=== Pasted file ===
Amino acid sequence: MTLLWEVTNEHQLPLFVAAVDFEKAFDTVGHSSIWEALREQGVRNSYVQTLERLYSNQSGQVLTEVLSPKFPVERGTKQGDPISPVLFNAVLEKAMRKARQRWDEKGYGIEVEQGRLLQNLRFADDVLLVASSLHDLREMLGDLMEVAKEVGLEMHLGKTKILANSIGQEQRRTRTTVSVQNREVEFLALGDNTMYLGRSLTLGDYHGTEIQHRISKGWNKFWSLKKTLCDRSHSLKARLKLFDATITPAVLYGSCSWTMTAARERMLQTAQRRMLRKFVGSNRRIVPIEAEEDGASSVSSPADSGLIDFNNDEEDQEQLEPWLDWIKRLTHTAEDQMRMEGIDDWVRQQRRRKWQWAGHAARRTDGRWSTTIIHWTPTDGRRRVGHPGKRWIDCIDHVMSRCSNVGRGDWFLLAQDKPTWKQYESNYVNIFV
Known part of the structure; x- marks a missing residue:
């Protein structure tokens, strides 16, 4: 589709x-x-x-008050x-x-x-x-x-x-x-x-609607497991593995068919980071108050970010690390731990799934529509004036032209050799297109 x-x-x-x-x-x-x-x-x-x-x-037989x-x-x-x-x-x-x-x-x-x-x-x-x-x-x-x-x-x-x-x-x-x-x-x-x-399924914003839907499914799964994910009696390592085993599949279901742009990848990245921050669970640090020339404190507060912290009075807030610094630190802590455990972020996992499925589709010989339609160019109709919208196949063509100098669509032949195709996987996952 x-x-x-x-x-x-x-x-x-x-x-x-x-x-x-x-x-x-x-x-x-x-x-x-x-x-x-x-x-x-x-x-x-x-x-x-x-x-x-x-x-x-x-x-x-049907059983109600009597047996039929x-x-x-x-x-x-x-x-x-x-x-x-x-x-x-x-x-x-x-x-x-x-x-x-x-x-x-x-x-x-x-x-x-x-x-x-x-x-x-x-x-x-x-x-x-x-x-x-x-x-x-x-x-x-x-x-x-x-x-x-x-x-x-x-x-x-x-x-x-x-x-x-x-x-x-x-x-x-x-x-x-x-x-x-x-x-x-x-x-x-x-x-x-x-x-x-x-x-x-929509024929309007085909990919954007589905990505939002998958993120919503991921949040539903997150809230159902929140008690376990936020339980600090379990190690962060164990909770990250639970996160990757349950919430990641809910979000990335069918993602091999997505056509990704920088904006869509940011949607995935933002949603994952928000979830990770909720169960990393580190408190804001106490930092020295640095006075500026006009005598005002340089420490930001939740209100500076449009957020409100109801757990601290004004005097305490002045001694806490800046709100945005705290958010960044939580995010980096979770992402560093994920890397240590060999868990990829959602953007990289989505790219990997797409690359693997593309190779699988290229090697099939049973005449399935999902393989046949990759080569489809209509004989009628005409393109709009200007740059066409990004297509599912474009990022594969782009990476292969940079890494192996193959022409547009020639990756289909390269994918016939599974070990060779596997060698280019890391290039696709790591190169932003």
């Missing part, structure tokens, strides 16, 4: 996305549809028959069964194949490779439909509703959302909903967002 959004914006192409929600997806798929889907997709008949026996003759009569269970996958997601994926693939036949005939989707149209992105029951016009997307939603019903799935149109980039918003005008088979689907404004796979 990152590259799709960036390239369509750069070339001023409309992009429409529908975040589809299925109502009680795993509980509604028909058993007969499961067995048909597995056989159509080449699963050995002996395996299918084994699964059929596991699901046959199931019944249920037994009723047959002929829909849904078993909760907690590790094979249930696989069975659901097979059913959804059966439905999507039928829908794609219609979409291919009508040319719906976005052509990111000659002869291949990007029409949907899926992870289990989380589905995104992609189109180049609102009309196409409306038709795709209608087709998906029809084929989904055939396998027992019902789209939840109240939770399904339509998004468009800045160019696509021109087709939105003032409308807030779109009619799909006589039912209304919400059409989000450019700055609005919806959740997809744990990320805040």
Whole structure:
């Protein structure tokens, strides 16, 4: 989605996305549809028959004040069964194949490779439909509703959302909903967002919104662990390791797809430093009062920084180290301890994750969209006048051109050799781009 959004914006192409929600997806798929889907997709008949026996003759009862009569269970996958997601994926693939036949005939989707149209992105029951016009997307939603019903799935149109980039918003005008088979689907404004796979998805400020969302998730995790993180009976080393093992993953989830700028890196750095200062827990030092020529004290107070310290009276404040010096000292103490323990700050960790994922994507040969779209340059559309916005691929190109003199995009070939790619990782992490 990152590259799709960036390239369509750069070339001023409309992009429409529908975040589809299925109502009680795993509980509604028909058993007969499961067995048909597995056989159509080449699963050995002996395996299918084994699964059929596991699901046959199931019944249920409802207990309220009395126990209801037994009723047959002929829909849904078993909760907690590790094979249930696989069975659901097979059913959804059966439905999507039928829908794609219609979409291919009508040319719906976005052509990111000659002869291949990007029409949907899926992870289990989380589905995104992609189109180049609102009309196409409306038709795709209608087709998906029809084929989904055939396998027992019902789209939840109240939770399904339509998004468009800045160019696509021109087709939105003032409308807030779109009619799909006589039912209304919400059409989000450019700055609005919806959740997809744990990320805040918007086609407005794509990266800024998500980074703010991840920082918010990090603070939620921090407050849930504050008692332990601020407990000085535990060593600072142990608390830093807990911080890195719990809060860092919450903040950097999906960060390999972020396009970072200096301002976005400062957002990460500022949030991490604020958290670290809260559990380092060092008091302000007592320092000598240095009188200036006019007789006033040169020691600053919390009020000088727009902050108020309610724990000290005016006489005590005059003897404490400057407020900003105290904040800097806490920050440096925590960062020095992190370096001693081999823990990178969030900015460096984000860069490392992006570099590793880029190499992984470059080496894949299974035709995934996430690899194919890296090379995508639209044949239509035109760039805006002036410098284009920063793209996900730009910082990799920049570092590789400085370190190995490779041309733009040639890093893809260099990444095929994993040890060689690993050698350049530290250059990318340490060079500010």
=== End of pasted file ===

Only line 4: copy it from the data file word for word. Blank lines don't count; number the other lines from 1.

């Missing part, structure tokens, strides 16, 4: 996305549809028959069964194949490779439909509703959302909903967002 959004914006192409929600997806798929889907997709008949026996003759009569269970996958997601994926693939036949005939989707149209992105029951016009997307939603019903799935149109980039918003005008088979689907404004796979 990152590259799709960036390239369509750069070339001023409309992009429409529908975040589809299925109502009680795993509980509604028909058993007969499961067995048909597995056989159509080449699963050995002996395996299918084994699964059929596991699901046959199931019944249920037994009723047959002929829909849904078993909760907690590790094979249930696989069975659901097979059913959804059966439905999507039928829908794609219609979409291919009508040319719906976005052509990111000659002869291949990007029409949907899926992870289990989380589905995104992609189109180049609102009309196409409306038709795709209608087709998906029809084929989904055939396998027992019902789209939840109240939770399904339509998004468009800045160019696509021109087709939105003032409308807030779109009619799909006589039912209304919400059409989000450019700055609005919806959740997809744990990320805040």